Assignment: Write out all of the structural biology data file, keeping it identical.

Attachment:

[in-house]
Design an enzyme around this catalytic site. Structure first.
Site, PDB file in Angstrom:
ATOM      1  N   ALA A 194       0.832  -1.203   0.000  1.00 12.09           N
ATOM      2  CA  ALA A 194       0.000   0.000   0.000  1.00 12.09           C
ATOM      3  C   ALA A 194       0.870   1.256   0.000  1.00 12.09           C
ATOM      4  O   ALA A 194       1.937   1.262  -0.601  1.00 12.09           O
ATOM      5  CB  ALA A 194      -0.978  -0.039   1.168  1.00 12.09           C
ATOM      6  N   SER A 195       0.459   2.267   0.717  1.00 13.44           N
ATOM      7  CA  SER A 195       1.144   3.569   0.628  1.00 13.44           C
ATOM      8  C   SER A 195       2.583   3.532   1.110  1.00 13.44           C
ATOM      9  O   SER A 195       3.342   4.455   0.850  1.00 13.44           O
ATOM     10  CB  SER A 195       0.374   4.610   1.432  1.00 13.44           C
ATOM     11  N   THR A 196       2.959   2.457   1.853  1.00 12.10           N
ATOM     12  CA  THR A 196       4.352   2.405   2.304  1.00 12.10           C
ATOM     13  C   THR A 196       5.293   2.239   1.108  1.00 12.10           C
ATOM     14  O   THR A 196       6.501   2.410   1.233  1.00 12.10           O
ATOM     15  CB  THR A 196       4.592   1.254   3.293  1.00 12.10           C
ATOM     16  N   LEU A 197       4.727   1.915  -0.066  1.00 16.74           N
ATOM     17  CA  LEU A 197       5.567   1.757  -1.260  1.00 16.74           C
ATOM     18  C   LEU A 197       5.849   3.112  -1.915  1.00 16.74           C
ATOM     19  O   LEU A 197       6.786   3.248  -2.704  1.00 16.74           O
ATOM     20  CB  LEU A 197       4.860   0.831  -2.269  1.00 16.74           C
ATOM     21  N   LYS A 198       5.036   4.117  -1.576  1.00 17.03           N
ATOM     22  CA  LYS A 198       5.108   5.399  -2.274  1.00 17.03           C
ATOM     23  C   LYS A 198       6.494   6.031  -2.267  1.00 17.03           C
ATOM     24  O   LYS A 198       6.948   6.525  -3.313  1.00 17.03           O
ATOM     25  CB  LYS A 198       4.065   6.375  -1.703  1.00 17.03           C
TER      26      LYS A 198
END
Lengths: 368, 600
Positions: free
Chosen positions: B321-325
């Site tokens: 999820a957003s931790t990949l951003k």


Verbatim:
[in-house]
Design an enzyme around this catalytic site. Structure first.
Site, PDB file in Angstrom:
ATOM      1  N   ALA A 194       0.832  -1.203   0.000  1.00 12.09           N
ATOM      2  CA  ALA A 194       0.000   0.000   0.000  1.00 12.09           C
ATOM      3  C   ALA A 194       0.870   1.256   0.000  1.00 12.09           C
ATOM      4  O   ALA A 194       1.937   1.262  -0.601  1.00 12.09           O
ATOM      5  CB  ALA A 194      -0.978  -0.039   1.168  1.00 12.09           C
ATOM      6  N   SER A 195       0.459   2.267   0.717  1.00 13.44           N
ATOM      7  CA  SER A 195       1.144   3.569   0.628  1.00 13.44           C
ATOM      8  C   SER A 195       2.583   3.532   1.110  1.00 13.44           C
ATOM      9  O   SER A 195       3.342   4.455   0.850  1.00 13.44           O
ATOM     10  CB  SER A 195       0.374   4.610   1.432  1.00 13.44           C
ATOM     11  N   THR A 196       2.959   2.457   1.853  1.00 12.10           N
ATOM     12  CA  THR A 196       4.352   2.405   2.304  1.00 12.10           C
ATOM     13  C   THR A 196       5.293   2.239   1.108  1.00 12.10           C
ATOM     14  O   THR A 196       6.501   2.410   1.233  1.00 12.10           O
ATOM     15  CB  THR A 196       4.592   1.254   3.293  1.00 12.10           C
ATOM     16  N   LEU A 197       4.727   1.915  -0.066  1.00 16.74           N
ATOM     17  CA  LEU A 197       5.567   1.757  -1.260  1.00 16.74           C
ATOM     18  C   LEU A 197       5.849   3.112  -1.915  1.00 16.74           C
ATOM     19  O   LEU A 197       6.786   3.248  -2.704  1.00 16.74           O
ATOM     20  CB  LEU A 197       4.860   0.831  -2.269  1.00 16.74           C
ATOM     21  N   LYS A 198       5.036   4.117  -1.576  1.00 17.03           N
ATOM     22  CA  LYS A 198       5.108   5.399  -2.274  1.00 17.03           C
ATOM     23  C   LYS A 198       6.494   6.031  -2.267  1.00 17.03           C
ATOM     24  O   LYS A 198       6.948   6.525  -3.313  1.00 17.03           O
ATOM     25  CB  LYS A 198       4.065   6.375  -1.703  1.00 17.03           C
TER      26      LYS A 198
END
Lengths: 368, 600
Positions: free
Chosen positions: B321-325
């Site tokens: 999820a957003s931790t990949l951003k």